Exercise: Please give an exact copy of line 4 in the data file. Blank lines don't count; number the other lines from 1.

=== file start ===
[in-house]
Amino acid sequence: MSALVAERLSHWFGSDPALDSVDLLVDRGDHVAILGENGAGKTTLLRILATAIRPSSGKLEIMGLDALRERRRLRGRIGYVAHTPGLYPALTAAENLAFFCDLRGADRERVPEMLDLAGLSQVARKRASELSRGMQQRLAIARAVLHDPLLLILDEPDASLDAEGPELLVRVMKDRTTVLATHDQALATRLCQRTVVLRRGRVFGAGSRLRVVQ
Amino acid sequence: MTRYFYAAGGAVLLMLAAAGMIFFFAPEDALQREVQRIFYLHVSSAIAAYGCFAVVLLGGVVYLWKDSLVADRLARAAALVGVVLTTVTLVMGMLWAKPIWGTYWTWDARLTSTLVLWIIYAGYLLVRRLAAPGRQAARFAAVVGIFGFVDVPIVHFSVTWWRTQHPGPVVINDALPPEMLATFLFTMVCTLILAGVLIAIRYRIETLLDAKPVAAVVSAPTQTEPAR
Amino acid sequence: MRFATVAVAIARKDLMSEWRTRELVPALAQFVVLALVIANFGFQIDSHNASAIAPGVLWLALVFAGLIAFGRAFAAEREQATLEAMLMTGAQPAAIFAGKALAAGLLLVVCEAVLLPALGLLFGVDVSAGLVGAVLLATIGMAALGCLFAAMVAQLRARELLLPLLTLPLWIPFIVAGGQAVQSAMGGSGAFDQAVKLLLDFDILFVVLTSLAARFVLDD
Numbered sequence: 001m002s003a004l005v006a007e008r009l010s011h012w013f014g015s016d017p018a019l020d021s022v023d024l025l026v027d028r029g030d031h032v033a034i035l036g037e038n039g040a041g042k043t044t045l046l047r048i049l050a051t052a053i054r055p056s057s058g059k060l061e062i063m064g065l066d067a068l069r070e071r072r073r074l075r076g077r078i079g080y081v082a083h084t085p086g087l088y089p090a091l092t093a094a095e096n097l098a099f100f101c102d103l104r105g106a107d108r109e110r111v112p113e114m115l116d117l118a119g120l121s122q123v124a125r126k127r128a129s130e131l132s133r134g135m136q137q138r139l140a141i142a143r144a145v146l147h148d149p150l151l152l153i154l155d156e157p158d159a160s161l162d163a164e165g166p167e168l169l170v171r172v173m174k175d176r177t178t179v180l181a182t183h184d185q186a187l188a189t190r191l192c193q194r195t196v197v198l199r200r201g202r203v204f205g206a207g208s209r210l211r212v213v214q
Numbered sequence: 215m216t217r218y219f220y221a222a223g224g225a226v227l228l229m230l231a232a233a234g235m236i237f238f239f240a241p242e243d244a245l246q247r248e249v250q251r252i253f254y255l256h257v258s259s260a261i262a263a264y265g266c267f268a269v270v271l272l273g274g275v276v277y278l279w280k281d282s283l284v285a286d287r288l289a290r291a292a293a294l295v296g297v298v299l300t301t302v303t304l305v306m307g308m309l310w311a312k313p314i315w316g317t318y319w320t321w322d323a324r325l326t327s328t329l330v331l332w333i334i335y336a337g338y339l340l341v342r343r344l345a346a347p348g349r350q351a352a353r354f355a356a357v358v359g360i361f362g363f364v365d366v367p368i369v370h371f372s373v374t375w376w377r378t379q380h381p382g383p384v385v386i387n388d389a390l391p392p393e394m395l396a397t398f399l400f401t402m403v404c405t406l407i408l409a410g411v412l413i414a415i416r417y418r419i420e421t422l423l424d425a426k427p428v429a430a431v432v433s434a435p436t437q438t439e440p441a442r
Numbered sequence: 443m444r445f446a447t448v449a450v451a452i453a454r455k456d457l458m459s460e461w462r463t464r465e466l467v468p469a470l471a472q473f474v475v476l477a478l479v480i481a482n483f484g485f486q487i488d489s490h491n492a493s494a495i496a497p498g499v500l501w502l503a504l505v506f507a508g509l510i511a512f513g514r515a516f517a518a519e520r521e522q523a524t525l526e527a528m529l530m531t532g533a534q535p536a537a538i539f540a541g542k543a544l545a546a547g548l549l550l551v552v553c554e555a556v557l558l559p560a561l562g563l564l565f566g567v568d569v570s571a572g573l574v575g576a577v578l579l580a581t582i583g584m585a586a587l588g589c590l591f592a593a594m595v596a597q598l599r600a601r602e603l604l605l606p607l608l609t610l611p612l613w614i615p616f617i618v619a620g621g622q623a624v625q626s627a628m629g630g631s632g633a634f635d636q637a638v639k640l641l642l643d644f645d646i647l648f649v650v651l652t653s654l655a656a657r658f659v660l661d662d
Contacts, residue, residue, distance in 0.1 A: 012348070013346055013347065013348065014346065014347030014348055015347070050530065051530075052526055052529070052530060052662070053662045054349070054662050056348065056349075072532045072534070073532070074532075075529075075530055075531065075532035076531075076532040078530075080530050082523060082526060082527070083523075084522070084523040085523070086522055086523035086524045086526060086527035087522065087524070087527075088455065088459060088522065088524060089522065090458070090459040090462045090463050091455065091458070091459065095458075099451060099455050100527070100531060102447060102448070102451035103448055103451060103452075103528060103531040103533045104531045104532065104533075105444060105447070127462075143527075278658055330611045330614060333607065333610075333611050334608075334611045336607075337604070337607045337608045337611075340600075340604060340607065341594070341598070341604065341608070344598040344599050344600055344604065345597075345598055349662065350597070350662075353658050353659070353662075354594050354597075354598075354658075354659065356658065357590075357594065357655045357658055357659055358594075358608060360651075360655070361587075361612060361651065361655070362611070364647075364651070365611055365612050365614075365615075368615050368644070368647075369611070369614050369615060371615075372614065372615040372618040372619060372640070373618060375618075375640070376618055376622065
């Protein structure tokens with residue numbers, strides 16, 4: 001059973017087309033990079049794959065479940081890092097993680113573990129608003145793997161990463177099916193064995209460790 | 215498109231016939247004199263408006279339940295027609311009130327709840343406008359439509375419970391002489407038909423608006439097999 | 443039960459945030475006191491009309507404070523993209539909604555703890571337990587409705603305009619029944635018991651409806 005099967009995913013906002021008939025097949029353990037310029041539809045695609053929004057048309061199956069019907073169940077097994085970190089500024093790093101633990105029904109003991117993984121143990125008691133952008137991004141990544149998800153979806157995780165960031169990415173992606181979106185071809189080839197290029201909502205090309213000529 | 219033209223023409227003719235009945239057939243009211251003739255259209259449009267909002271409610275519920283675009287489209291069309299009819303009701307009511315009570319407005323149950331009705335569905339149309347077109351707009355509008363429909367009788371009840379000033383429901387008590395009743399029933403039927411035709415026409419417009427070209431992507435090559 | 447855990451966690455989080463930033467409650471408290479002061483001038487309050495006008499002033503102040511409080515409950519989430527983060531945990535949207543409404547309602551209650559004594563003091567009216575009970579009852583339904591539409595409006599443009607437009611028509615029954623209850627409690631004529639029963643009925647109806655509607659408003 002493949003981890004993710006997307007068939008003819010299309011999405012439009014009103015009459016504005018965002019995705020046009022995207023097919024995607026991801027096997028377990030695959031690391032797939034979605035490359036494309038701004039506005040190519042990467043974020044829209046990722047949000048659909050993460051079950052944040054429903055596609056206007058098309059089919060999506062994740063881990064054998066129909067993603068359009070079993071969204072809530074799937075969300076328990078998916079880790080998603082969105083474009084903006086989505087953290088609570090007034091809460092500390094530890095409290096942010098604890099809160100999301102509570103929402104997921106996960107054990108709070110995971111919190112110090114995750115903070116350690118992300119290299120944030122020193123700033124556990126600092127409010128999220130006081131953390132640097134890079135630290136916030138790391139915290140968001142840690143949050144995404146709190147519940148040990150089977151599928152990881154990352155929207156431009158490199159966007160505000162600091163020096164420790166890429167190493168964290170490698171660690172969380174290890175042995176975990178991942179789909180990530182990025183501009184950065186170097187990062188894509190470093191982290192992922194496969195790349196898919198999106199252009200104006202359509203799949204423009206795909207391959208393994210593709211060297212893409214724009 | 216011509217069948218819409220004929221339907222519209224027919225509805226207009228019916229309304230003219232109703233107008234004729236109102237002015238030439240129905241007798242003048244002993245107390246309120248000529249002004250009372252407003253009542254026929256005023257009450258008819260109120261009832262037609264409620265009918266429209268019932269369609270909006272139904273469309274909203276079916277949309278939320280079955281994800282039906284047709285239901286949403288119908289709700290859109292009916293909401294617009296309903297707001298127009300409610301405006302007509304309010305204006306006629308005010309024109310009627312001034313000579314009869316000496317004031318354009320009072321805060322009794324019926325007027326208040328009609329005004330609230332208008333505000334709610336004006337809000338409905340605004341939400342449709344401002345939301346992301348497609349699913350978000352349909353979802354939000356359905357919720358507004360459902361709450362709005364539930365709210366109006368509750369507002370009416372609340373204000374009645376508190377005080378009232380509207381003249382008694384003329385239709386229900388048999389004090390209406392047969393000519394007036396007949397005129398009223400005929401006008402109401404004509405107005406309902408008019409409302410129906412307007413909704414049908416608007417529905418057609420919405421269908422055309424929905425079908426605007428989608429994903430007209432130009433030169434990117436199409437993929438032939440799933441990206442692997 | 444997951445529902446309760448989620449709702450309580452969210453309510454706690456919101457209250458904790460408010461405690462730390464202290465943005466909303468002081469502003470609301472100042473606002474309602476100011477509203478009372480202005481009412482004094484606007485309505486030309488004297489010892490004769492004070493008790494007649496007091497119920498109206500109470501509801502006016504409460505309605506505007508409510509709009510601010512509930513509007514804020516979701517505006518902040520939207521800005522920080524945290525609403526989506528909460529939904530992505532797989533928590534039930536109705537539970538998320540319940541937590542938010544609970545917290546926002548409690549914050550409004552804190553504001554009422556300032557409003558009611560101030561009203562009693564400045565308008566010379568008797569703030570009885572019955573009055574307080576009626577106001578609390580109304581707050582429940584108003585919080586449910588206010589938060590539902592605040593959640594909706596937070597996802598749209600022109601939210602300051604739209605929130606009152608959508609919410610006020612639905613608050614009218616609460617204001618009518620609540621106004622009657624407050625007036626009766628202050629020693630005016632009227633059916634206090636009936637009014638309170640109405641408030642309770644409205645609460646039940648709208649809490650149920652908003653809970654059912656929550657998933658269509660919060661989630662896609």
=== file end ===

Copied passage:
Amino acid sequence: MRFATVAVAIARKDLMSEWRTRELVPALAQFVVLALVIANFGFQIDSHNASAIAPGVLWLALVFAGLIAFGRAFAAEREQATLEAMLMTGAQPAAIFAGKALAAGLLLVVCEAVLLPALGLLFGVDVSAGLVGAVLLATIGMAALGCLFAAMVAQLRARELLLPLLTLPLWIPFIVAGGQAVQSAMGGSGAFDQAVKLLLDFDILFVVLTSLAARFVLDD